By your own hand: Leviticus 7

We live in an age of substitutes and surrogates. A quick look at our TV Guides and browser histories tell us that: we live our dreams through surrogates—otherwise why do we watch so much “reality TV?” It may be your dream to dance like that, but you don’t do it. You just watch someone else do it. You might dream about your survival skills or your singing skills or your cooking skills….but you don’t practice them or develop them or test them. You watch others do that.

And these are the lighter, fluffier issues of our problem with substitutes. We need relationships but we sub out Facebook. We need intimacy but we sub in pornography, whether visual or textual. We see a world in need of justice but we can’t bring it, so we watch shows where the perfect crime meets the better-than-perfect crime solvers. We want substitutes.

We want to learn, but we don’t want the trouble so we hit the wikis. We want spirituality but without difficulty, so we stack up on podcasts of gurus or preachers or teachers. Why bother with really trying when we can just substitute more? After all, 6 hours of John Piper and reading a good Christian feminist blog have got to be better for me than spending just a few hours with a small-town church, right?

Yet some things cannot be replaced. Some things you cannot send a substitute to handle: you must do it yourself. Leviticus 7 (link) highlights one of those moments.

If you look down at Leviticus 7:29-30, you should note that the person who brings the offering is not to be a substitute. It is by “his own hands” that the sacrifice is brought. It is the one who wants to offer sacrifice who brings. The one who needs to offer sacrifice who brings it.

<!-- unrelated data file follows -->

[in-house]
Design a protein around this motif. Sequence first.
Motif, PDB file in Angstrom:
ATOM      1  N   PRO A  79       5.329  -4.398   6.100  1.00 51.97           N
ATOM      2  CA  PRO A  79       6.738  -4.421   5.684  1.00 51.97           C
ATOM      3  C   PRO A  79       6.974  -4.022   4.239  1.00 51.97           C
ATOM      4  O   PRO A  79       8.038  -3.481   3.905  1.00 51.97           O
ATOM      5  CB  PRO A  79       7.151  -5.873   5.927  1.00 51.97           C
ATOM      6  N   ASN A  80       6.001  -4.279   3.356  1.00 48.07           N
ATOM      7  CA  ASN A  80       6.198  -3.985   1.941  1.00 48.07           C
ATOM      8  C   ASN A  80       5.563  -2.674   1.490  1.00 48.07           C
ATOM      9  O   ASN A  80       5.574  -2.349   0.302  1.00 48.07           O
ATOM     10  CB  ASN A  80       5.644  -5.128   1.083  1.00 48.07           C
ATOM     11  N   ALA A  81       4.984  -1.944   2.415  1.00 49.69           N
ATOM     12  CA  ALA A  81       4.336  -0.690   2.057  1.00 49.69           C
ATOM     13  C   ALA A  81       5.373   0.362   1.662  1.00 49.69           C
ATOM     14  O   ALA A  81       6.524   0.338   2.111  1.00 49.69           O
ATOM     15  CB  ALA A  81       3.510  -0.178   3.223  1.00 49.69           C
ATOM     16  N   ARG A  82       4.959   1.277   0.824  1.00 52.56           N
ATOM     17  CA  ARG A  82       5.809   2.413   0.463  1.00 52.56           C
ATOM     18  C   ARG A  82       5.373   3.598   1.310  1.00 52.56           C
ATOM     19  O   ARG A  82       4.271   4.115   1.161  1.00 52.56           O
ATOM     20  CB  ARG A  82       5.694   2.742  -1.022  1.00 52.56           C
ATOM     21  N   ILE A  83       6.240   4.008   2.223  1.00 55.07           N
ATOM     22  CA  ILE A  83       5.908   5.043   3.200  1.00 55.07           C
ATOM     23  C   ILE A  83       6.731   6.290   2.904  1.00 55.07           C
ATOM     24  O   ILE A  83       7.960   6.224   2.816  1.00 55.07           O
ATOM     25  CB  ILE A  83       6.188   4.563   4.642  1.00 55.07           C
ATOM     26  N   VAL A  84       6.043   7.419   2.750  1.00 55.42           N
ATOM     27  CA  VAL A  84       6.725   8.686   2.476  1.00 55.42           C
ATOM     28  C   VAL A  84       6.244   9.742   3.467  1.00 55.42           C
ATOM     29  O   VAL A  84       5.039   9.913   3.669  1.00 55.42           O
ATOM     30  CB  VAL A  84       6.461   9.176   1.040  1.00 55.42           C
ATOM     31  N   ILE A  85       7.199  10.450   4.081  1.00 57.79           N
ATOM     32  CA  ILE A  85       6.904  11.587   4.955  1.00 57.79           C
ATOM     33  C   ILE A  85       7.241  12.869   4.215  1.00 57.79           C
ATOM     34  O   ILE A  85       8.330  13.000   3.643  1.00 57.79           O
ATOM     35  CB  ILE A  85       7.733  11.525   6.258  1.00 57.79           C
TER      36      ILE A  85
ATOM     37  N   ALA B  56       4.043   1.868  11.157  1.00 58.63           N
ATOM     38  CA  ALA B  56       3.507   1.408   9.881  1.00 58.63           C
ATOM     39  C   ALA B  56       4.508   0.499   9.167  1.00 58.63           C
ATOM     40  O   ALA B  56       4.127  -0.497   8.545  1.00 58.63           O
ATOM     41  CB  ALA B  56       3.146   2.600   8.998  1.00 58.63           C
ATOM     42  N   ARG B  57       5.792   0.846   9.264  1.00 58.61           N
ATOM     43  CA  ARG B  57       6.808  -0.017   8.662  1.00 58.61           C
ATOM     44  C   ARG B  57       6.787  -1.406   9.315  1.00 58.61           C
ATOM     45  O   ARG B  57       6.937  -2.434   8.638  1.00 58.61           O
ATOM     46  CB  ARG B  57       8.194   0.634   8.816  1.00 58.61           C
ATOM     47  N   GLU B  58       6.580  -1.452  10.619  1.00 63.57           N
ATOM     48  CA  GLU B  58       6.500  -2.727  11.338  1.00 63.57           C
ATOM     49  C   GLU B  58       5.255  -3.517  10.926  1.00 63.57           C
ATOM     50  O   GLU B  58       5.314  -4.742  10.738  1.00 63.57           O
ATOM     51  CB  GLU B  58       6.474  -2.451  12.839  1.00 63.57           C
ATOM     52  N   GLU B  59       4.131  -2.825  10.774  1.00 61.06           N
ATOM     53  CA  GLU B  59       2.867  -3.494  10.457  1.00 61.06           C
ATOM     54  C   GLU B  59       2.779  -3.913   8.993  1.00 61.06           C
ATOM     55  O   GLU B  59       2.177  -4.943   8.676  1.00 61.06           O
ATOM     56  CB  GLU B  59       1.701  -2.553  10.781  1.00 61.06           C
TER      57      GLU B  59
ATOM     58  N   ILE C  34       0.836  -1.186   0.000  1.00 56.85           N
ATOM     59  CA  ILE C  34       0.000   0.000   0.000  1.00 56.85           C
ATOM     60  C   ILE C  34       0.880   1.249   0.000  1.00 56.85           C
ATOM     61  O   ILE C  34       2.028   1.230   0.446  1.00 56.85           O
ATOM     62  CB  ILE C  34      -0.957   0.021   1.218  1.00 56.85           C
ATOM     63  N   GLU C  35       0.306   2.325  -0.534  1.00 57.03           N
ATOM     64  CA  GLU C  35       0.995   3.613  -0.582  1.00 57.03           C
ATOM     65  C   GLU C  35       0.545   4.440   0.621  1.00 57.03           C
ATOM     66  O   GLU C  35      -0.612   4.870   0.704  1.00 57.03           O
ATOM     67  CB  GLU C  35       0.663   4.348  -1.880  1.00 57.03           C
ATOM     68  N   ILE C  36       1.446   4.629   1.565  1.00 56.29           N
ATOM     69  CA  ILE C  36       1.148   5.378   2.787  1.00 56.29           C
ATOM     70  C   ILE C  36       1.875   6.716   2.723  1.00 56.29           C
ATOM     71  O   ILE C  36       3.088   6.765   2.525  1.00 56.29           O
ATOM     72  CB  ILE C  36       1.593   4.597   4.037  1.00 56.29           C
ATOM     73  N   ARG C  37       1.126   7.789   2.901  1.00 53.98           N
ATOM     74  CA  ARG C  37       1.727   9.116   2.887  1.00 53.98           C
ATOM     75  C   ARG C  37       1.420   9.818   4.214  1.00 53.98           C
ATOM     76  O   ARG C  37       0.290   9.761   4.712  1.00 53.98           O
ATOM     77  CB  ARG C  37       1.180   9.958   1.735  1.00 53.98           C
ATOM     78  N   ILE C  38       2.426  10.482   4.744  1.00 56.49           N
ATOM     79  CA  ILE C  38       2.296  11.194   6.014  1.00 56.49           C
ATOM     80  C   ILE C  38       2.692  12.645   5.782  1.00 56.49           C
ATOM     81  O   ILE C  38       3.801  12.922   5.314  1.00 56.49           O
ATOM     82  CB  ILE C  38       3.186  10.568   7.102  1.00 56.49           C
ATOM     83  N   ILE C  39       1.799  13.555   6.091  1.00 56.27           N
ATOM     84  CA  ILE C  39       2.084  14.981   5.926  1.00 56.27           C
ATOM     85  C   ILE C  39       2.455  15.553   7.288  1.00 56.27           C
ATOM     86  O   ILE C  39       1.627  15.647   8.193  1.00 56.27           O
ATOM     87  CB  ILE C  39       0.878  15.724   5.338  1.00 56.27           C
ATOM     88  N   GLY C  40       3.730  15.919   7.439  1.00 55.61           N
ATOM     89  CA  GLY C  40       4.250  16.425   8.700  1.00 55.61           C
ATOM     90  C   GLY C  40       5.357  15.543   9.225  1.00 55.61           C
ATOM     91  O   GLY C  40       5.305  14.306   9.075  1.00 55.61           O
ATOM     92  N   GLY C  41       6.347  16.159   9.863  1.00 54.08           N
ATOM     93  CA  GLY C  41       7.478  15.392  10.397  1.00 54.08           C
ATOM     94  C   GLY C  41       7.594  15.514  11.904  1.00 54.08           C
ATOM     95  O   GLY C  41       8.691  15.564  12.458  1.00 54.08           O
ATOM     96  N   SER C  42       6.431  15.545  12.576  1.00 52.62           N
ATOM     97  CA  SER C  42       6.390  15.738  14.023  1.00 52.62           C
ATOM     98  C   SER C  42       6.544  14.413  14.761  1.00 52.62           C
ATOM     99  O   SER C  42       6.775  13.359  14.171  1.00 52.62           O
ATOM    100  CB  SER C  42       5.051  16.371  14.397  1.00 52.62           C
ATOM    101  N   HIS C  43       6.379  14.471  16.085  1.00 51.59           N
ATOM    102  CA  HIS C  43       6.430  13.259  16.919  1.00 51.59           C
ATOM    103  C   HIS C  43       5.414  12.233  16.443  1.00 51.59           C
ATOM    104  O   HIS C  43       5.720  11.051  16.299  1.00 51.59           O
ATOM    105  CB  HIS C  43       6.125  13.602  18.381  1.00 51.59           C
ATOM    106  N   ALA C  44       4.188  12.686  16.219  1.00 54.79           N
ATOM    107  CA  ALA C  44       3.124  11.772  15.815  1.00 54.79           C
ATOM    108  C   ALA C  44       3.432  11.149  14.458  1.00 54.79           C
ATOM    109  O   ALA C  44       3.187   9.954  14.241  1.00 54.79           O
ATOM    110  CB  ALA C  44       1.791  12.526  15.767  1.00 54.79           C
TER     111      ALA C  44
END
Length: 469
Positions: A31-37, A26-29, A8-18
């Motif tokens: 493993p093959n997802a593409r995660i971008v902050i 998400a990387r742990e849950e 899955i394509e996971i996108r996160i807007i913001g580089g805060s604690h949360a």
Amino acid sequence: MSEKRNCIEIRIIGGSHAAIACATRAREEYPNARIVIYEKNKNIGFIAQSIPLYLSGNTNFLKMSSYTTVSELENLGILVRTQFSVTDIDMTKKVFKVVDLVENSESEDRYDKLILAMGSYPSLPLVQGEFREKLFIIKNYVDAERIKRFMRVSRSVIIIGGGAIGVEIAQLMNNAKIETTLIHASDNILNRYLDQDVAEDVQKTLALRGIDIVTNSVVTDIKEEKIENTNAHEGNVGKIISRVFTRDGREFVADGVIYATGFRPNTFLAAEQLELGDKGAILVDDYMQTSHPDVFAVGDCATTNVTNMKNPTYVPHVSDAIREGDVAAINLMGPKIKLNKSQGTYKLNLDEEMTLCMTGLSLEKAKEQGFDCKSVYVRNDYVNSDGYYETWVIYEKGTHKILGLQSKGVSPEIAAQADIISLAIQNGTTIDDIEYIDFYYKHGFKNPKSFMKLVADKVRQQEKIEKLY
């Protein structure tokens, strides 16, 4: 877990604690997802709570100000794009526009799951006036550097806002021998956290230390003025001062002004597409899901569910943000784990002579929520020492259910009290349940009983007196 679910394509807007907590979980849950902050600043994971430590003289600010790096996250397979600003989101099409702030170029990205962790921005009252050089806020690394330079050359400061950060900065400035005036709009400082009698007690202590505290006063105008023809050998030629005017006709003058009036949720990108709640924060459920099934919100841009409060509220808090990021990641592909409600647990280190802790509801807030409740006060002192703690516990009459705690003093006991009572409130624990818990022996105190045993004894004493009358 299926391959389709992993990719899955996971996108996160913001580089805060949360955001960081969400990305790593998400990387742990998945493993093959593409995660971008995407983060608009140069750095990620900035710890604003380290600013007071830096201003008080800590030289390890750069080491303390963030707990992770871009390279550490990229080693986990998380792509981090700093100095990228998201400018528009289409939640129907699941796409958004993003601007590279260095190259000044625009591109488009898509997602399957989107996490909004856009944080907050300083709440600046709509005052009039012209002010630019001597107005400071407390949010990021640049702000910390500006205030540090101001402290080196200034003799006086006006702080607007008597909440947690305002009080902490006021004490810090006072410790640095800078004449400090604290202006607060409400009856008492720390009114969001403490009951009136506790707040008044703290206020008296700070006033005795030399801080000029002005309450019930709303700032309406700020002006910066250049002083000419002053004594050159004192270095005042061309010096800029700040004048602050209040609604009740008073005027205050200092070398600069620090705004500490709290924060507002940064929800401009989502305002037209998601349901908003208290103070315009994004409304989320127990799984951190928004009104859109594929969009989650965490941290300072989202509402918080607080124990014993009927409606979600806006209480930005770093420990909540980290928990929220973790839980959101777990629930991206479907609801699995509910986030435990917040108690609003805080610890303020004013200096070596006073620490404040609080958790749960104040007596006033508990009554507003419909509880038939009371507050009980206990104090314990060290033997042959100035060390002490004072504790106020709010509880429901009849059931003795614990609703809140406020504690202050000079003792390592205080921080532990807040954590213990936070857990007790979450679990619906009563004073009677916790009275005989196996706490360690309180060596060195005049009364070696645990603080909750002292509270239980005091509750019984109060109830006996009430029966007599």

It can be no other person. No matter how busy or how crazy your days are or how much you loathe the idea of getting involved, you have to.

There is no substitute for your own involvement in life. You cannot keep mailing it in, or worse, e-mailing it in.

If you want to see things change, you have to step up and be a part of that.

It starts with your own involvement in your own growth. Spiritual first, but all things as they come. No one can read your Bible for you, pray your prayers for you, or learn to walk in obedience for you.

Building on it, you also cannot send someone else to make the world right for you. Do you know of needs or issues that you can correct? Do it. Don’t wait for someone else to do it.

While this passage is truly about how the sacrificial system worked and about who got what, one of the keys about that whole system is that everyone had to be involved. Even though there were priests to handle certain specialty tasks, there were no idle worshippers in proper religion. Each person had a part in what happened.

Can you say that about your worship? Can we say that about our churches?

If not, then we have missed an important point seen in the Old Testament. It is not merely about avoiding idol worship. It is also about not thinking we can call being idle, worship.

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